(iv) Nitrocellulose and trinitrate cellulose (gun-cotton) used as explosive.

(3) Protein : The word protein was coined by Berzelius in 1838 and was used by G. J. Mulder first time 1840.  15% of protoplasm is made up of protein.

Average proteins contain 16% nitrogen, \[5055%\] carbon, oxygen \[2024%,\] hydrogen 7% and sulphur \[0.30.5%.\] Iron, phosphorous, copper, calcium, and iodine are also present in small quantity.

Structure of proteins : It is due to different rearrangement of amino acids. When carboxyl group \[(-COOH)\] of one amino acid binded with amino group \[(N{{H}_{2}})\] of another amino acid the bond is called peptide bond.

(i) Primary structure : The primary structure is the covalent connections of a protein. It refers to linear sequence, number and nature of amino acids bonded together with peptide bonds only. e.g., ribonuclease, insulin, myoglobin and lysozyme.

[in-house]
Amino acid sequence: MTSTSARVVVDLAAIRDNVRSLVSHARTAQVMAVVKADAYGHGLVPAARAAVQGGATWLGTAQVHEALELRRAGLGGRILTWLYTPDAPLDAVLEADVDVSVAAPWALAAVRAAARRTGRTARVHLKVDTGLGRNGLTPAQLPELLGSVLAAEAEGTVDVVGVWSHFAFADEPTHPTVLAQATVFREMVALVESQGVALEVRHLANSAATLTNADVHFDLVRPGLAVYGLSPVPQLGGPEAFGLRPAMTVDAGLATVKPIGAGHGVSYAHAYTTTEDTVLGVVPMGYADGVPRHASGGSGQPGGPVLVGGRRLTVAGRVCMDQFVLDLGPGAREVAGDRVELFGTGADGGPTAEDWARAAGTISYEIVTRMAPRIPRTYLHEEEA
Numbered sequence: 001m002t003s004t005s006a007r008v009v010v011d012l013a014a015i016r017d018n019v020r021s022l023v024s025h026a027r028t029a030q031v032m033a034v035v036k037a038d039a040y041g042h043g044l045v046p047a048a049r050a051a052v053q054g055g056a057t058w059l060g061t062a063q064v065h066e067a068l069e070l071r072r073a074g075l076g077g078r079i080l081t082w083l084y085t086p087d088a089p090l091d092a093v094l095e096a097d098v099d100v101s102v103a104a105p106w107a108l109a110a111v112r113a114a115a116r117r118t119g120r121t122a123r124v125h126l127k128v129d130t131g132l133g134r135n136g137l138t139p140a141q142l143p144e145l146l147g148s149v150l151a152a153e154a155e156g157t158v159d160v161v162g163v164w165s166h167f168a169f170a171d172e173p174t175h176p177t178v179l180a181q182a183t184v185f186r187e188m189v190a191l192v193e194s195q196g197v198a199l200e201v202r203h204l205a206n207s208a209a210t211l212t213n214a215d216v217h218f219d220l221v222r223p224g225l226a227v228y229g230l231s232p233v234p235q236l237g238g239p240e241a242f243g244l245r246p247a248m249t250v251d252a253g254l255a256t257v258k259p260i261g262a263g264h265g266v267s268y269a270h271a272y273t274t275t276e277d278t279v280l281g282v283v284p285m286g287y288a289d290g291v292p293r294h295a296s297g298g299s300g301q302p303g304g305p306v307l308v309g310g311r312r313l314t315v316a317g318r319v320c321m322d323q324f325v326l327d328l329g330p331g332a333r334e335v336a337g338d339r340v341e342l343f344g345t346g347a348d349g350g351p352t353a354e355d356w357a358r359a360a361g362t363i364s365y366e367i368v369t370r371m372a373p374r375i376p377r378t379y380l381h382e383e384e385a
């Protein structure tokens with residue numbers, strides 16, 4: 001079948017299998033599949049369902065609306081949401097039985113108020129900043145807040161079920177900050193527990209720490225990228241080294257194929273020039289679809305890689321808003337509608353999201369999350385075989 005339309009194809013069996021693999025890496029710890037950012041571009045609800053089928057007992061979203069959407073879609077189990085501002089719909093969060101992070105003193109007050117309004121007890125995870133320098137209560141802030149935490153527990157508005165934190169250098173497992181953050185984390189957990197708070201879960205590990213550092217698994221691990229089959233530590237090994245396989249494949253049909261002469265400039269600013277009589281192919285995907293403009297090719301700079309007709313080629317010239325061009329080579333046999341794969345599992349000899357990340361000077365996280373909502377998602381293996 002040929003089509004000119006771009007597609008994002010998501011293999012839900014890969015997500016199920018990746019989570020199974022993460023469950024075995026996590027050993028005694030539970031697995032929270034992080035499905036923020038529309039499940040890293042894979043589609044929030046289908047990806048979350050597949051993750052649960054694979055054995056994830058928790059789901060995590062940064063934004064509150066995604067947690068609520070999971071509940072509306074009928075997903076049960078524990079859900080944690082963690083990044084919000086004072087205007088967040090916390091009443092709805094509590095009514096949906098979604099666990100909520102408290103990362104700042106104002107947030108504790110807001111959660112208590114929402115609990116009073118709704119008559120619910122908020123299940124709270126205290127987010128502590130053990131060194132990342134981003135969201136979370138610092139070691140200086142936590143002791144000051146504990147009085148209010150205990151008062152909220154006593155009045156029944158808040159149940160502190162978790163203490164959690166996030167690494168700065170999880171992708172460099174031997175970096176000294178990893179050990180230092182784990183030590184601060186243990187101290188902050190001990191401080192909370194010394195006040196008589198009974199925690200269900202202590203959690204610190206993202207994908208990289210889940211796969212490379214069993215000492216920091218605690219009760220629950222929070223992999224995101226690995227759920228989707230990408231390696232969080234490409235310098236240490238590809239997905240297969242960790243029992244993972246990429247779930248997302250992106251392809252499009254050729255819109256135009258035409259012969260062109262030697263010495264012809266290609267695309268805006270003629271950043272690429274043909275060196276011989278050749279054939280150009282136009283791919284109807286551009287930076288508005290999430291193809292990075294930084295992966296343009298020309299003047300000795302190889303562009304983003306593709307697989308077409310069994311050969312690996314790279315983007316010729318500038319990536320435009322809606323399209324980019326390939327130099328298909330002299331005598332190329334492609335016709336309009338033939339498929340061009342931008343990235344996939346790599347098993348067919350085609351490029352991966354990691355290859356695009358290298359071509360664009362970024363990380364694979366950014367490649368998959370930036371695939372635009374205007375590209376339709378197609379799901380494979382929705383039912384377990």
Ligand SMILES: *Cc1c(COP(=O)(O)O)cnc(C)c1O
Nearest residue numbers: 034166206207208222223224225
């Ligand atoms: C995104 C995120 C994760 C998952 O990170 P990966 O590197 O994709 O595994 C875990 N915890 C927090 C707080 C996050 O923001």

(ii) Secondary structure : The folding of a linear polypeptide chain into specific coiled structure \[(\alpha -\]helix) is called secondary structure. e.g., fur, keratin of hair claws, and feathers.

(iii) Tertiary structure : The arrangement and interconnection of proteins into specific loops and bends is called tertiary structure of proteins. It is found in e.g., globular proteins.

(iv) Quarternary structure : It is shown by protein containing more than one peptide chain. The protein consists of identical units. It is known as homologous quarternary structure e.g., lactic dehydrogenase. If the units are dissimilar, it is called as heterogeneous quarternary structure e.g., haemoglobin.

Classification of proteins : Proteins are classified on the basis of their shape, constitution and function.

On the basis of shape

Fibrous protein/Scleroprotein : Insoluble in water. Animal protein resistant to proteolytic enzyme is spirally coiled thread like structure form fibres. e.g., collagen (in connective tissue), actin and myosin, keratin in hairs, claws, feathers, etc.

Globular proteins : Soluble in water. Polypeptides coiled about themselves to form oval or spherical molecules e.g., albumin insulin hormones like ACTH, oxytosin, etc.

On the basis of constituents

Simple proteins : The proteins which are made up of amino acids only. e.g., albumins, globulins, prolamines, glutelins, histones, etc.